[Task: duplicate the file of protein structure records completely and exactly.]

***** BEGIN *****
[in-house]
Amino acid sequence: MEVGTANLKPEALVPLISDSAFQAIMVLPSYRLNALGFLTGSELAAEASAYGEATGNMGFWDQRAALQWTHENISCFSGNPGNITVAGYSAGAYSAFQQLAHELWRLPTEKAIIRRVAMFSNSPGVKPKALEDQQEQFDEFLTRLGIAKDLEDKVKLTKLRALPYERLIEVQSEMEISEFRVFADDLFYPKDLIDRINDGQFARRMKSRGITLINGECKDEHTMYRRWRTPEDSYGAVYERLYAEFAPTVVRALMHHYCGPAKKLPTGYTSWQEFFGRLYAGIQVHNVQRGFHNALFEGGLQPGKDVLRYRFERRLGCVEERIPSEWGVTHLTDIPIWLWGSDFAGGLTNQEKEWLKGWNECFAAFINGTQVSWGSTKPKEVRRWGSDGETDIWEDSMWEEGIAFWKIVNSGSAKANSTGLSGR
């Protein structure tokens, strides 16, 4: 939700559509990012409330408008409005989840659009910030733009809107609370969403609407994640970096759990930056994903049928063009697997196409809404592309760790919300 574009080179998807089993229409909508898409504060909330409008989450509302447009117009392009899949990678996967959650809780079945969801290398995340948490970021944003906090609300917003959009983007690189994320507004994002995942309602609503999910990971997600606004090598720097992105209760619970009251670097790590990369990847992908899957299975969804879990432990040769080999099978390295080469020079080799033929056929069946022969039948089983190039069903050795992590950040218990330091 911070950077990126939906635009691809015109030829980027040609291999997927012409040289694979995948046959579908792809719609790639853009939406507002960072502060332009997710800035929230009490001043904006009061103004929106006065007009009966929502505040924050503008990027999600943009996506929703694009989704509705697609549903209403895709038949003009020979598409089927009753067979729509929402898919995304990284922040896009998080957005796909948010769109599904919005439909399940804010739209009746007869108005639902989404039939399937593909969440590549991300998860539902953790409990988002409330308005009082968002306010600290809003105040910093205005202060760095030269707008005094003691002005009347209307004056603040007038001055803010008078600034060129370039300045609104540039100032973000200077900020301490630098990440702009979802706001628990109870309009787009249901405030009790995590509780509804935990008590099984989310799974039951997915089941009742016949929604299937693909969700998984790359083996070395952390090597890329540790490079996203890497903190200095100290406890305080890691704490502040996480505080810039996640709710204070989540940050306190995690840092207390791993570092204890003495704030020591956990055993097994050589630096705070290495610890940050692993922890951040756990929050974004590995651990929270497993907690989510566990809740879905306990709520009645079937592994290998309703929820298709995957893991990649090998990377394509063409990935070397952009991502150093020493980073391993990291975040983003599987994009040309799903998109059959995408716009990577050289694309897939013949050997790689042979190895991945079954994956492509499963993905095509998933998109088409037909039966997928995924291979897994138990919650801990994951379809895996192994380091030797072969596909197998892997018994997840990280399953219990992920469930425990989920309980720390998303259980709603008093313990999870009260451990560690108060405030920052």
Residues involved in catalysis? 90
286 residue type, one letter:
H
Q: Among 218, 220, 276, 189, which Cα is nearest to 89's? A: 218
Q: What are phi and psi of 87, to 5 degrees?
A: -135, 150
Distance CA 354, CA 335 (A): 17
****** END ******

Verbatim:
[in-house]
Amino acid sequence: MEVGTANLKPEALVPLISDSAFQAIMVLPSYRLNALGFLTGSELAAEASAYGEATGNMGFWDQRAALQWTHENISCFSGNPGNITVAGYSAGAYSAFQQLAHELWRLPTEKAIIRRVAMFSNSPGVKPKALEDQQEQFDEFLTRLGIAKDLEDKVKLTKLRALPYERLIEVQSEMEISEFRVFADDLFYPKDLIDRINDGQFARRMKSRGITLINGECKDEHTMYRRWRTPEDSYGAVYERLYAEFAPTVVRALMHHYCGPAKKLPTGYTSWQEFFGRLYAGIQVHNVQRGFHNALFEGGLQPGKDVLRYRFERRLGCVEERIPSEWGVTHLTDIPIWLWGSDFAGGLTNQEKEWLKGWNECFAAFINGTQVSWGSTKPKEVRRWGSDGETDIWEDSMWEEGIAFWKIVNSGSAKANSTGLSGR
């Protein structure tokens, strides 16, 4: 939700559509990012409330408008409005989840659009910030733009809107609370969403609407994640970096759990930056994903049928063009697997196409809404592309760790919300 574009080179998807089993229409909508898409504060909330409008989450509302447009117009392009899949990678996967959650809780079945969801290398995340948490970021944003906090609300917003959009983007690189994320507004994002995942309602609503999910990971997600606004090598720097992105209760619970009251670097790590990369990847992908899957299975969804879990432990040769080999099978390295080469020079080799033929056929069946022969039948089983190039069903050795992590950040218990330091 911070950077990126939906635009691809015109030829980027040609291999997927012409040289694979995948046959579908792809719609790639853009939406507002960072502060332009997710800035929230009490001043904006009061103004929106006065007009009966929502505040924050503008990027999600943009996506929703694009989704509705697609549903209403895709038949003009020979598409089927009753067979729509929402898919995304990284922040896009998080957005796909948010769109599904919005439909399940804010739209009746007869108005639902989404039939399937593909969440590549991300998860539902953790409990988002409330308005009082968002306010600290809003105040910093205005202060760095030269707008005094003691002005009347209307004056603040007038001055803010008078600034060129370039300045609104540039100032973000200077900020301490630098990440702009979802706001628990109870309009787009249901405030009790995590509780509804935990008590099984989310799974039951997915089941009742016949929604299937693909969700998984790359083996070395952390090597890329540790490079996203890497903190200095100290406890305080890691704490502040996480505080810039996640709710204070989540940050306190995690840092207390791993570092204890003495704030020591956990055993097994050589630096705070290495610890940050692993922890951040756990929050974004590995651990929270497993907690989510566990809740879905306990709520009645079937592994290998309703929820298709995957893991990649090998990377394509063409990935070397952009991502150093020493980073391993990291975040983003599987994009040309799903998109059959995408716009990577050289694309897939013949050997790689042979190895991945079954994956492509499963993905095509998933998109088409037909039966997928995924291979897994138990919650801990994951379809895996192994380091030797072969596909197998892997018994997840990280399953219990992920469930425990989920309980720390998303259980709603008093313990999870009260451990560690108060405030920052």
Residues involved in catalysis? 90
286 residue type, one letter:
H
Q: Among 218, 220, 276, 189, which Cα is nearest to 89's? A: 218
Q: What are phi and psi of 87, to 5 degrees?
A: -135, 150
Distance CA 354, CA 335 (A): 17